I spent much of last week reflecting on the joy that all my sons bring to my life. I feel so blessed. It was a week with many meaningful affirmations, new gifts, reasons to rejoice in the privilege of having sons and gratitude for the presence of so many fine young men in my life.
The week began with a lesson in how to filet freshly caught fish with my middle son, Erik. He showed up unexpectedly after a day of ice-fishing courting a bucket full of fish. He came in the house as I walked in from work and announced, “You better get your fileting shoes on ’cause I’m gonna teach you how to filet fish tonight.” I looked at my shoes and I looked at him and said, “What??!! I need special shoes??” He said I didn’t, but suggested that I may want to change my clothes. He also suggested that I get my camera so I could document my lesson and write about it in my blog. When I returned to the pantry, Erik was washing the fish in my sink. They were beautiful – spectacular colors and patterns… God’s handiwork. I came closer to the sink to take a photo and suddenly there was a flopping movement in the sink. Holy crap! I looked again because I wasn’t sure what I had just seen. Then a few more fish flipped and flopped inside the sink and I realized THEY WERE ALIVE!!! Then I did what all fish fileters do… I screamed!! Twice!!
I tried to be brave, but every time a fish moved I twitched and cringed and finally told Erik that he would have to make sure all the fish were dead before our lesson began. He did the dirty deed, described it to me in graphic detail and called me back into the kitchen. As the lesson began he warned me that the fish would still move around because their nerves were alive. Oh jeeze!! I watched him and the bucket of jittery fish with apprehension. My heart raced. I tried to still my nerves. I couldn’t possibly walk away from such a challenge. If I could cut trees with Erik, I could certainly filet little whimpy fish with him! Oops – no offense, Erik!!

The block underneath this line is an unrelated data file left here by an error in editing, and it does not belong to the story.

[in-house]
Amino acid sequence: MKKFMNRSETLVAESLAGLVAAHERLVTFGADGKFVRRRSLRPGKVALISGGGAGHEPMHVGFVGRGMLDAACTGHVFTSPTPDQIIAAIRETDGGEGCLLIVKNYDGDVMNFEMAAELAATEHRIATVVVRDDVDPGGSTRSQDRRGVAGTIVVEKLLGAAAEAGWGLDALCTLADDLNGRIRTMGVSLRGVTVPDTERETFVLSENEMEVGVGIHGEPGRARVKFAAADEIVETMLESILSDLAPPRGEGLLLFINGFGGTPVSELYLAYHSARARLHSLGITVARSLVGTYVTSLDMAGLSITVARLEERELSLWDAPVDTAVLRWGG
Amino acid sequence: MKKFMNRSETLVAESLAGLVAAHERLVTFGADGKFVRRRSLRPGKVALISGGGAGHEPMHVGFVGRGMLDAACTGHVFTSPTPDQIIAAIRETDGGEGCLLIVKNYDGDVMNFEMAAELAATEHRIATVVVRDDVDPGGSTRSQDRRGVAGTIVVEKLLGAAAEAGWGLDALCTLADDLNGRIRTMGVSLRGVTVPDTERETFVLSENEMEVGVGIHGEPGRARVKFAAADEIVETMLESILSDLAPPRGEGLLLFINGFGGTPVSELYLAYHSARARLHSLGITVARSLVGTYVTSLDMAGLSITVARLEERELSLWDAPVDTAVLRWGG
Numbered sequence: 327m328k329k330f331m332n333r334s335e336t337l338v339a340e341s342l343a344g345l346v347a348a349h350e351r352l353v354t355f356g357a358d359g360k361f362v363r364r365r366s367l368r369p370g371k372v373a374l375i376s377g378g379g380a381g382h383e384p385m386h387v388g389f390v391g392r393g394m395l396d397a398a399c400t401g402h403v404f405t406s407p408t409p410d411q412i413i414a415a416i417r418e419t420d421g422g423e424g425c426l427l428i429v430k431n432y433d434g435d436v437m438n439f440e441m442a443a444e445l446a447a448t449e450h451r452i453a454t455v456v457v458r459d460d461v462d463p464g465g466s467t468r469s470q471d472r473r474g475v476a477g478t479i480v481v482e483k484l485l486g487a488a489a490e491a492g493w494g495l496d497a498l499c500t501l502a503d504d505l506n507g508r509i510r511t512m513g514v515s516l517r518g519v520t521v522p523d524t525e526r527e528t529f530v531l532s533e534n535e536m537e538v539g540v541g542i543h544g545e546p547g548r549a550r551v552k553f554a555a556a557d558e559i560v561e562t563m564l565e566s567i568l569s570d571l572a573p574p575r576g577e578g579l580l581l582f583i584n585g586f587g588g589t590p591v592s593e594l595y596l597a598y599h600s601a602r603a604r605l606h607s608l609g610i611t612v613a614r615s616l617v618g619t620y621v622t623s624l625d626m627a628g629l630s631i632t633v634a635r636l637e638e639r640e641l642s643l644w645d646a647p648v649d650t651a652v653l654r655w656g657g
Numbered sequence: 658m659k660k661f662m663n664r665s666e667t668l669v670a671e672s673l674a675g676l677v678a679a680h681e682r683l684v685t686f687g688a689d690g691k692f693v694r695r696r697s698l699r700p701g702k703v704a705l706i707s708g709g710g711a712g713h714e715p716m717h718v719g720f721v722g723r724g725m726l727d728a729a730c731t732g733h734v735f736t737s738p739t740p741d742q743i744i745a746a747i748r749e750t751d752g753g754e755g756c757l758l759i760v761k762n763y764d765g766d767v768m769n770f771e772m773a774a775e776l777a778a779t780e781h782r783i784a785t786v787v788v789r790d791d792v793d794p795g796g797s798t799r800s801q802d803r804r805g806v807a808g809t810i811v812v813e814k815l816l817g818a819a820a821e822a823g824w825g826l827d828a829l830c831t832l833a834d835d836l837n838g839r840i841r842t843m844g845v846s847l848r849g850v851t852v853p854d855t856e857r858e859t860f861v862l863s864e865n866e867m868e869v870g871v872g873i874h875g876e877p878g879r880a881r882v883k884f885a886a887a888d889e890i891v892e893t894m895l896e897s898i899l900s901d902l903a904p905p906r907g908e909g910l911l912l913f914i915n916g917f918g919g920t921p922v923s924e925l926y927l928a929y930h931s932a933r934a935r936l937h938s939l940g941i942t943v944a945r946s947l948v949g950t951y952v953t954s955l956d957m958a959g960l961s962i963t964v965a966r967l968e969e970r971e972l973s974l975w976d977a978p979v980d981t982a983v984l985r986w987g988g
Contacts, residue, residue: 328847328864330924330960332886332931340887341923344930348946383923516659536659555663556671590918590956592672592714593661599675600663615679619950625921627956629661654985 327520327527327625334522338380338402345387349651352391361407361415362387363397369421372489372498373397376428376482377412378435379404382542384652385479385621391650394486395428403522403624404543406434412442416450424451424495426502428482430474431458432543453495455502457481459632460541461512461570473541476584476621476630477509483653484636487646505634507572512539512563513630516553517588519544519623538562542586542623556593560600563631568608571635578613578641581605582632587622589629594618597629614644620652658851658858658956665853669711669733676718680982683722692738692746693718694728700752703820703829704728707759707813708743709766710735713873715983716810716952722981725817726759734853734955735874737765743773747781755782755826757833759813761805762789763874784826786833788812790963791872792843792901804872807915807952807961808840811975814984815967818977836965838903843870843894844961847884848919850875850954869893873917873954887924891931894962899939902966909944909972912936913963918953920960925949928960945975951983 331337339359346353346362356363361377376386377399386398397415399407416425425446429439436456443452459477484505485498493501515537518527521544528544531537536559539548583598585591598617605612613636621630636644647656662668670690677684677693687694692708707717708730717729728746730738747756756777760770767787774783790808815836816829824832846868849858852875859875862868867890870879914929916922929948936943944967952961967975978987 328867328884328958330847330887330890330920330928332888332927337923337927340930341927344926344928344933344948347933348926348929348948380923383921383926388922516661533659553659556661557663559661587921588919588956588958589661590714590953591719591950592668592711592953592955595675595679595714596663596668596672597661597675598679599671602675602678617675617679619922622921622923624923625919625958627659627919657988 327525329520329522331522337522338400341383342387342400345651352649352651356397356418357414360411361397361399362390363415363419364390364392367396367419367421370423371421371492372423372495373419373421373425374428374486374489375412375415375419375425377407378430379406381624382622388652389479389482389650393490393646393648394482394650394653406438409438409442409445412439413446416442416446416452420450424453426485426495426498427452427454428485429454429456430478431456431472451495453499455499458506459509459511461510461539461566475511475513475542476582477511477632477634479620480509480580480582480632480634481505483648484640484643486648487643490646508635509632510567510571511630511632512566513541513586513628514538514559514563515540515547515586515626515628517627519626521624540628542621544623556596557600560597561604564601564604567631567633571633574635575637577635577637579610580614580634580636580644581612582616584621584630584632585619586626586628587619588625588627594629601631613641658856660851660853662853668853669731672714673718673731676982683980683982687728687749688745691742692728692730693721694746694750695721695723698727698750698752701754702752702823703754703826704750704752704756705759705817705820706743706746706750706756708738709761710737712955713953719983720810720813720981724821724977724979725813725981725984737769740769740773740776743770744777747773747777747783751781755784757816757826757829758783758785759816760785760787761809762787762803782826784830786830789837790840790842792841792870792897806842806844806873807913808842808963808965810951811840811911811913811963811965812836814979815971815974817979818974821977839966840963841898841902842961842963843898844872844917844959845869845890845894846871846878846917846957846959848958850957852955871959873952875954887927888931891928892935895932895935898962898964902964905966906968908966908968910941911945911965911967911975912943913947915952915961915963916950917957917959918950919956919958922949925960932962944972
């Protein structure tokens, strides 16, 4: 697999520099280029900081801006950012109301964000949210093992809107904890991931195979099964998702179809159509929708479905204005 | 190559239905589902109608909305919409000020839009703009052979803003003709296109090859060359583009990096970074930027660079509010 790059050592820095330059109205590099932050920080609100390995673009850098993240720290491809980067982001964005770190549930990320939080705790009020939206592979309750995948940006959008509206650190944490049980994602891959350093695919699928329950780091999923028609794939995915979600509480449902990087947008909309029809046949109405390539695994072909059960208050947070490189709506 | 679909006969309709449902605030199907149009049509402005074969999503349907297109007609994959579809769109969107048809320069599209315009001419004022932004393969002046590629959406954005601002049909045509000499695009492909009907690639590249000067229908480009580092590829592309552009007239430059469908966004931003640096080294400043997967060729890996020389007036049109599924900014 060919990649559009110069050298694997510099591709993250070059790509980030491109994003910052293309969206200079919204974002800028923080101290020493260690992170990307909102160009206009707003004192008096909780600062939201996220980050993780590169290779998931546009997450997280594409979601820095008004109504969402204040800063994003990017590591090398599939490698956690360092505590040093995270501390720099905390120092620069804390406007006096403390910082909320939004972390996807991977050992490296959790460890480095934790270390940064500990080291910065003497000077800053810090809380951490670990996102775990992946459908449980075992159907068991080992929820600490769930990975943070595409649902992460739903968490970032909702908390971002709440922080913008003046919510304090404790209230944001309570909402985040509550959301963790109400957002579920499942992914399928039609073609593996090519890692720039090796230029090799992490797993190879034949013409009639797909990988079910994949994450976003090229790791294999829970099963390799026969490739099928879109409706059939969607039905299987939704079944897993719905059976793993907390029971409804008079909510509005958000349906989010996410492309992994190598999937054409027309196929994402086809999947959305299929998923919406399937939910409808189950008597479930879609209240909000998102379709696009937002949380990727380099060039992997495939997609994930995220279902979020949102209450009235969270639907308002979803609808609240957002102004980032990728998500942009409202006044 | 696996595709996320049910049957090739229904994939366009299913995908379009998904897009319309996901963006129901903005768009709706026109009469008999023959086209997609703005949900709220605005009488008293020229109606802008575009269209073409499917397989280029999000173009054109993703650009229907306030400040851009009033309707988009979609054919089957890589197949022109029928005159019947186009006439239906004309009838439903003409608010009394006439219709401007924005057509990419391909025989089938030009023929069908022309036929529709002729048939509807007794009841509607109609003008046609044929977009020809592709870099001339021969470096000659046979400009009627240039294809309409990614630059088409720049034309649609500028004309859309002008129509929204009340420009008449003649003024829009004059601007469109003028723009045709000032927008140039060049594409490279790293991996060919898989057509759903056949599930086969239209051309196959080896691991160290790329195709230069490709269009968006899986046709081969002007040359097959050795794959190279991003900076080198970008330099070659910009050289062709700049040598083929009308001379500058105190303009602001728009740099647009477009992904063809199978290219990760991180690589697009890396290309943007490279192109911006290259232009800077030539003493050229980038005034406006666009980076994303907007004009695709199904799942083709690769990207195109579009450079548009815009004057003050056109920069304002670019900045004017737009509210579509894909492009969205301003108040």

I had complained to Erik in the past that he went fishing all the time, but never shared his bounty. So I needed to be true to my word. He had brought me what I asked for. I finally got up my nerve and fileted the last half of Erik’s catch. The first few were slimy and slippery and touching them gave me the heebie-jeebies, but I quickly got the hang of it. Every mother should have a son like Erik to push their boundaries. Erik has done this successfully from the day he was born and I’m a better person for it. This new phase in our relationship is one I cherish. He has introduced me to some great music, we enjoy teasing George, working together in the woods, he taught me how to repair clogged drains and my favorite thing…. looking back and laughing together about the more challenging days of his childhood.
I read a quote recently that made me think of Erik. “Live so that when your children think of fairness and integrity, they think of you.” ~H. Jackson Brown, Jr. Erik has more integrity than most people I know. Even as a child he was an active proponent of truth and justice. We used to call him “the enforcer” – especially when he would be suspended from school for his methods of enforcement (he punched a fellow 4th grader in the face for calling me a name). He always accepts responsibility for his actions (and sometimes the actions of his friends) and conducts himself with great honor. I’m so proud of the young man he has become.